I attribute much of this to placing a high value on - the heavy T valuers, especially the NTs, have a certain expansiveness to their explanations that me and my fellow heavy valuers don't generally have...

    Alpha NTs seem furthest in this direction to me as far as inaccessibility goes, largely due to type relations and all, probably... this is a two way street, leading you, specifically, to understand Delta NFs more than your -Ego Conflictors and Super-egos in Gamma...

    Also, when I look at the Reinins that seem most relevant to clear and direct writing, I share with the EIIs:

    - Farsighted (for planning)
    - Serious (the valuing)
    - Strategic (to accomplish the end goal, which, to a heavy valuer, should largely consist of connecting with the person receiving the info)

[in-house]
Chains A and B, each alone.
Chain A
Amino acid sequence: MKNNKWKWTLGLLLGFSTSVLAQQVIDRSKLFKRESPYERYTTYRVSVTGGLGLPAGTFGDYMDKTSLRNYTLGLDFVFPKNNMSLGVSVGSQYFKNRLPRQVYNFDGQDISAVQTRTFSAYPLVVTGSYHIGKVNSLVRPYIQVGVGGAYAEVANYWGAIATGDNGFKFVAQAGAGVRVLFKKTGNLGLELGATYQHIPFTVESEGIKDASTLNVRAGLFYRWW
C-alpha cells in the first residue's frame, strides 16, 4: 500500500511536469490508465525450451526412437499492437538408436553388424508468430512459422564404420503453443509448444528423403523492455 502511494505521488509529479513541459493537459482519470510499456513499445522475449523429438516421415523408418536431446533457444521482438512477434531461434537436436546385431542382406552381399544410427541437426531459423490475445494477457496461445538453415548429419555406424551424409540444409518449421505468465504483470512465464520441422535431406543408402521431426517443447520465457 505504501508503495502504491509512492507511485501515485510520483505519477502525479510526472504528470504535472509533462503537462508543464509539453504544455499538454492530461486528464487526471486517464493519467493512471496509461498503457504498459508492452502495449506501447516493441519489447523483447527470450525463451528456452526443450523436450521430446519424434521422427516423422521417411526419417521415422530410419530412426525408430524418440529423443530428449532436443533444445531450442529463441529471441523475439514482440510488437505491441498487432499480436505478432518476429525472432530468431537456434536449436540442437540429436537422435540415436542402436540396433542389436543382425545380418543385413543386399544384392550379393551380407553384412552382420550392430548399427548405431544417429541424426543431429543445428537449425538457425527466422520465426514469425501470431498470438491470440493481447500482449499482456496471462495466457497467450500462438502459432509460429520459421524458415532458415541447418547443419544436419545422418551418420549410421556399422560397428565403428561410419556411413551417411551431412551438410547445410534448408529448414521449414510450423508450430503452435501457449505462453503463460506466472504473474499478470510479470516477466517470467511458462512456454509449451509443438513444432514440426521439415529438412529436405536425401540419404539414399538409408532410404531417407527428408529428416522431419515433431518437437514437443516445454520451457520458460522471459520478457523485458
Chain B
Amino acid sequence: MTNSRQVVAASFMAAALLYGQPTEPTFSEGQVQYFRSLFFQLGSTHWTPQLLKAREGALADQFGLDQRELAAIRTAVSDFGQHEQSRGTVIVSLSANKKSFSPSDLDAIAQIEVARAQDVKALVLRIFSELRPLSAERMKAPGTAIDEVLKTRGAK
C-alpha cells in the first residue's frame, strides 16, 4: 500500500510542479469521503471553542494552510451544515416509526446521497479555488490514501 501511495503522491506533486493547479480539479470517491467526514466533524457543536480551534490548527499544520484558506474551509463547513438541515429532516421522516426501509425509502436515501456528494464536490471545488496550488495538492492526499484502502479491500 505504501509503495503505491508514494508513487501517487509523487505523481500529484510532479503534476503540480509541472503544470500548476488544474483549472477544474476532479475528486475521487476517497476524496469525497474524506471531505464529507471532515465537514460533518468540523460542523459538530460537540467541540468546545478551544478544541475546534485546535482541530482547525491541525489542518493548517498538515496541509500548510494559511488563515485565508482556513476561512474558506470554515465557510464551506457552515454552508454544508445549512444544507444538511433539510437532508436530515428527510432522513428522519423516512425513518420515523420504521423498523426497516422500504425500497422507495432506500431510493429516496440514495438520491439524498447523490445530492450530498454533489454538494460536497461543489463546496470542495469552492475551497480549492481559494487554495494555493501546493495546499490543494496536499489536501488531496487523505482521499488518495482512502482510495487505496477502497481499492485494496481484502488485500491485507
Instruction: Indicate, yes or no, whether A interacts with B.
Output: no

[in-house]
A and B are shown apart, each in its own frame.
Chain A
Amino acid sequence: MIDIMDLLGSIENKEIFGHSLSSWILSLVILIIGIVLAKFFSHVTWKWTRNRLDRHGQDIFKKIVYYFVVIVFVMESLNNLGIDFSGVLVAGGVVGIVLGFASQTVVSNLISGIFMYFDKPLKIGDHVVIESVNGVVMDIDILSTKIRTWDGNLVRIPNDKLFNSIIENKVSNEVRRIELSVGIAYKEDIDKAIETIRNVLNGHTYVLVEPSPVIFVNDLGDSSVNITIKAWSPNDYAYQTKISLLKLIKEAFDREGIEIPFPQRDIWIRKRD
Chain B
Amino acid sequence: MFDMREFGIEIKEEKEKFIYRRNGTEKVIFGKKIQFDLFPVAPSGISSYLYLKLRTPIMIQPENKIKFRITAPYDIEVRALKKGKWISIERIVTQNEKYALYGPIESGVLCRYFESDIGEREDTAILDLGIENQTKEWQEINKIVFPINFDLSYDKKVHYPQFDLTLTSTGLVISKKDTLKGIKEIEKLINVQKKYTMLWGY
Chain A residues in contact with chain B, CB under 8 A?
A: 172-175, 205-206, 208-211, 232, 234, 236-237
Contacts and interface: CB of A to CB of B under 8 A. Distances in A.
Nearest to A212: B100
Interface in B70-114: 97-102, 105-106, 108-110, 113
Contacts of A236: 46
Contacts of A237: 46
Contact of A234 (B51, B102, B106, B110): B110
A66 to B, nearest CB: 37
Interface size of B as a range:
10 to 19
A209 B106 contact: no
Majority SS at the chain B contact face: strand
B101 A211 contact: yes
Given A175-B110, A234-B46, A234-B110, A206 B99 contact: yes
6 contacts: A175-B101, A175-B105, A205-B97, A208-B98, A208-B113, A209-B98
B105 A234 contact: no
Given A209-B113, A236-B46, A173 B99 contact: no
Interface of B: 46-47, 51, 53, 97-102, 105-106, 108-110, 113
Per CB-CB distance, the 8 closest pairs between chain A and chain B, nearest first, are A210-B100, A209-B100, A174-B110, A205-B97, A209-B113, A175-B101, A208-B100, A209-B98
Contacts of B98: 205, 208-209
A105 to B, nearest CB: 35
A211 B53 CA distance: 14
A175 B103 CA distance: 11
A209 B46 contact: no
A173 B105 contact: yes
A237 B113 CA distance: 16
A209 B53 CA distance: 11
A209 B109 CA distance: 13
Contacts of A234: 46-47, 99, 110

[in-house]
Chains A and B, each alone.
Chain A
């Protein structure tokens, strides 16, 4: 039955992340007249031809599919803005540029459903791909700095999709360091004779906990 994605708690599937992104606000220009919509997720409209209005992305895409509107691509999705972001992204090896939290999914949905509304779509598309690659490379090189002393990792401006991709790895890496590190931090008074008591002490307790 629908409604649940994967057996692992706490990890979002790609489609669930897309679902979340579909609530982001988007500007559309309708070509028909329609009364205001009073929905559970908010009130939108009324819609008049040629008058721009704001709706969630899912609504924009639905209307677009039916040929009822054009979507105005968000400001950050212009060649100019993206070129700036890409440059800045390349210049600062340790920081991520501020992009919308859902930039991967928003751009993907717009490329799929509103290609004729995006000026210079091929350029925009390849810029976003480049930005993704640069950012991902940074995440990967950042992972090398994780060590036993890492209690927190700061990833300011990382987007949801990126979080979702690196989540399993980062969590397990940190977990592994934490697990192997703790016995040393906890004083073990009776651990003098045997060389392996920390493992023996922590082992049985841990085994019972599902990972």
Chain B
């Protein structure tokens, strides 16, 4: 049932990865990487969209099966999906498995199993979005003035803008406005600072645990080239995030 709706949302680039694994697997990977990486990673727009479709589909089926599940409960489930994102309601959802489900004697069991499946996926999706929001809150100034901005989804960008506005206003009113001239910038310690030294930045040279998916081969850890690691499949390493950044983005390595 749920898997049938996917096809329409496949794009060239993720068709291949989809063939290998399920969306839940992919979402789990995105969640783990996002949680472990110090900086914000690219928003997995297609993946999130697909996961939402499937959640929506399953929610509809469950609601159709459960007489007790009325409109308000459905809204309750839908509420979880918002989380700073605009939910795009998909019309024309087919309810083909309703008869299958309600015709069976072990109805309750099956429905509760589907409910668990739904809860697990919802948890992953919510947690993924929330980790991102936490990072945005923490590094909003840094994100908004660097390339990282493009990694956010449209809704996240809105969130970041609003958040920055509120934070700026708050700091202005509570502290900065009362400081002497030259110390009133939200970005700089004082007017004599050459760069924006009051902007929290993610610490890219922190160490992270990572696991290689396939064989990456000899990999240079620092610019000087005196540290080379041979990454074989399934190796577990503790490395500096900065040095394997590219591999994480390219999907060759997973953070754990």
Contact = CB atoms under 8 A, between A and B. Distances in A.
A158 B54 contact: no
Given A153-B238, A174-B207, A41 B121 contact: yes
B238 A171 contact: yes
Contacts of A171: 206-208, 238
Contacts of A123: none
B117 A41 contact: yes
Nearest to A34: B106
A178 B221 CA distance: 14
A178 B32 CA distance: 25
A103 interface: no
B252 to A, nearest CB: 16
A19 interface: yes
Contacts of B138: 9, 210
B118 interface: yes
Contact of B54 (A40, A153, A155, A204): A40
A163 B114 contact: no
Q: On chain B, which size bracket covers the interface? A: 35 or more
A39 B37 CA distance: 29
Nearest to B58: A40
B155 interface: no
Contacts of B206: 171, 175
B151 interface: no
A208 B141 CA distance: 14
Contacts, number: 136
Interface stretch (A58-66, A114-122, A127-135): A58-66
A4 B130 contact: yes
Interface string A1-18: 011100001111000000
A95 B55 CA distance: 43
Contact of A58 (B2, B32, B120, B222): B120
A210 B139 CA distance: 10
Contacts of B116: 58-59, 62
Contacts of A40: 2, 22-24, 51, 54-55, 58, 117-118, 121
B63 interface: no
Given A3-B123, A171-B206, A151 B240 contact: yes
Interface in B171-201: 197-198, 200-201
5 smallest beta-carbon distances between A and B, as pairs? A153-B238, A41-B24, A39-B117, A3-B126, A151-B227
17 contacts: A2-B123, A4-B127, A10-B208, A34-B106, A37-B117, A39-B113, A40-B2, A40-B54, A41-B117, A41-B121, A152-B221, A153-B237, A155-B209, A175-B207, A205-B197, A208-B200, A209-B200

- Positivist (for certainty)
    - Process (for structure)

    The last two also point to Causal-Determinist cognitive style, which is the most direct one there is (don't feel bad if you don't have it - the others have much more breathing room)...

    I'll give myself a point for Decisive (this one could be due to my own preferences more than anything, don't be too heavy on it), and I'll give the EIIs way more than that for:

    - Constructivist (should steer things in an emotionally level direction, which you favor)
    - Declaring (for certainty and directness)
    - Rational (for all sorts of stuff)